Rajeswari Pillai Rajagopalan (Observer Research Foundation, New Delhi) discusses the new security focus in India's space program and the country's primary strategic concerns in this domain.
This Asia Policy roundtable examines the perspectives, positions, and rising stakes of key non-claimants in the South China Sea disputes: Australia, India, Indonesia, Japan, South Korea, Singapore, ASEAN, the European Union, and the United States.
Against the background of upcoming elections, David Gitter (Defense Group Inc.) and Robert Sutter (George Washington University) examine the strengths and weaknesses that will determine Taiwan’s ability to achieve its national objectives in this report from the Strategic Asia Program.
Following the historic climate agreement reached at Paris, NBR prepared a fact sheet with a country-by-country analysis on what the Paris Climate Agreement means for energy and environmental challenges across the Asia-Pacific.
Sue Mi Terry (Bower Group Asia) examines the current U.S. approach to North Korea and considers how Washington can proactively address the threat posed by the Kim regime through taking a firmer stance against Pyongyang and collaborating more closely with regional allies.
China's strategic investments in Asia, India's foreign policy, the challenges of climate policy, and maritime disputes in the South China Sea are among the topics examined in this series from the Strategic Asia Program.
On February 19, NBR and the Center for Energy Governance and Security of Hanyang University will co-convene a high-level roundtable on "U.S.-South Korea Energy Cooperation: Getting to a Cleaner Energy Mix" featuring presentations on energy and environmental strategies in the United States and South Korea by senior experts from both countries.
The January 2016 issue of Asia Policy features a roundtable on the South China Sea, essays on Taiwan, China, and South Korea, and a book review roundtable on Andrew Small’s The China-Pakistan Axis: Asia’s New Geopolitics.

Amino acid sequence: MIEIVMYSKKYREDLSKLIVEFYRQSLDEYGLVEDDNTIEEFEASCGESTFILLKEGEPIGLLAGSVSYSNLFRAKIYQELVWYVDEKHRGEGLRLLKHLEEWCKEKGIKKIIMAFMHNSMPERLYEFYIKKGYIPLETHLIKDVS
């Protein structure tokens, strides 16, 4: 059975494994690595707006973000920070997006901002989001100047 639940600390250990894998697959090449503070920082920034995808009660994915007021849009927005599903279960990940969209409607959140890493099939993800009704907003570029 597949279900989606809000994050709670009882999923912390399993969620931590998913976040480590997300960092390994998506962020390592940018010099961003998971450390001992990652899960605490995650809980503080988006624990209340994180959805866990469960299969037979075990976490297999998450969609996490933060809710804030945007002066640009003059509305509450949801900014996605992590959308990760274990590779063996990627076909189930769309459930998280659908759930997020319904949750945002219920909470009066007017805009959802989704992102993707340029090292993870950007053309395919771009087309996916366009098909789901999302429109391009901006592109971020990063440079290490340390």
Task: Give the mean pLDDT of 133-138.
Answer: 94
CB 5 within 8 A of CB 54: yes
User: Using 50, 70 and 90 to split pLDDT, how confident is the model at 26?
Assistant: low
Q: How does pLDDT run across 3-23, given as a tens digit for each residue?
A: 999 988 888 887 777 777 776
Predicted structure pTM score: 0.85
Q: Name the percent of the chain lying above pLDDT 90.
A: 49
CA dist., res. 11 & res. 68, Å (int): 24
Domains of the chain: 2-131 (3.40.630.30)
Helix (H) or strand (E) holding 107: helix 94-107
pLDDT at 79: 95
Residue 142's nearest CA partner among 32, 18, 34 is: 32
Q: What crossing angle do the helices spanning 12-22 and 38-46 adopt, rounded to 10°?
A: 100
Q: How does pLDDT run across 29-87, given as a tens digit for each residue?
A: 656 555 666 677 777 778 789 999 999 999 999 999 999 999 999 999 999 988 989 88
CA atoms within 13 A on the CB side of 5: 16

Elizabeth Wishnick (Weatherhead East Asian Institute) analyzes the shifting dynamics of the China-Russia-U.S. triangle, arguing that shared views on global and domestic politics have driven China and Russia closer together, but that Washington should avoid direct attempts to subvert the budding partnership.
Evans Revere (Brookings Institution; Albright Stonebridge Group) provides insights into the recent trilateral summit. He assesses the current challenges confronting Northeast Asia and discusses the political and security implications for U.S. foreign policy.
Harshavardhan Neotia (Federation of Indian Chambers of Commerce and Industry) discusses emerging areas for U.S.-India partnerships and highlights areas where policymakers from both countries have already begun to strengthen collaboration.
This new NBR Special Report examines the key energy and environmental security challenges facing Indonesia and explores strategies for promoting greater access to energy while stimulating sustainable investment.
Ashley J. Tellis (Carnegie Endowment for International Peace) explains how the conception of national power can be usefully broken down and analyzed in terms of national resources and national performance and how the interaction of these two dimensions generates military capabilities.
The 2015 Pacific Energy Summit gathered key stakeholders from around the globe in Beijing to discuss outlooks for energy and environmental security and offer transnational approaches to developing market-based energy policies. Learn more and read the Summit Report.
This special collection of essays from leading experts, selected from previous NBR publications, provides students with a strong foundation for understanding the trends and challenges shaping the energy security outlook for the Asia-Pacific and the world.
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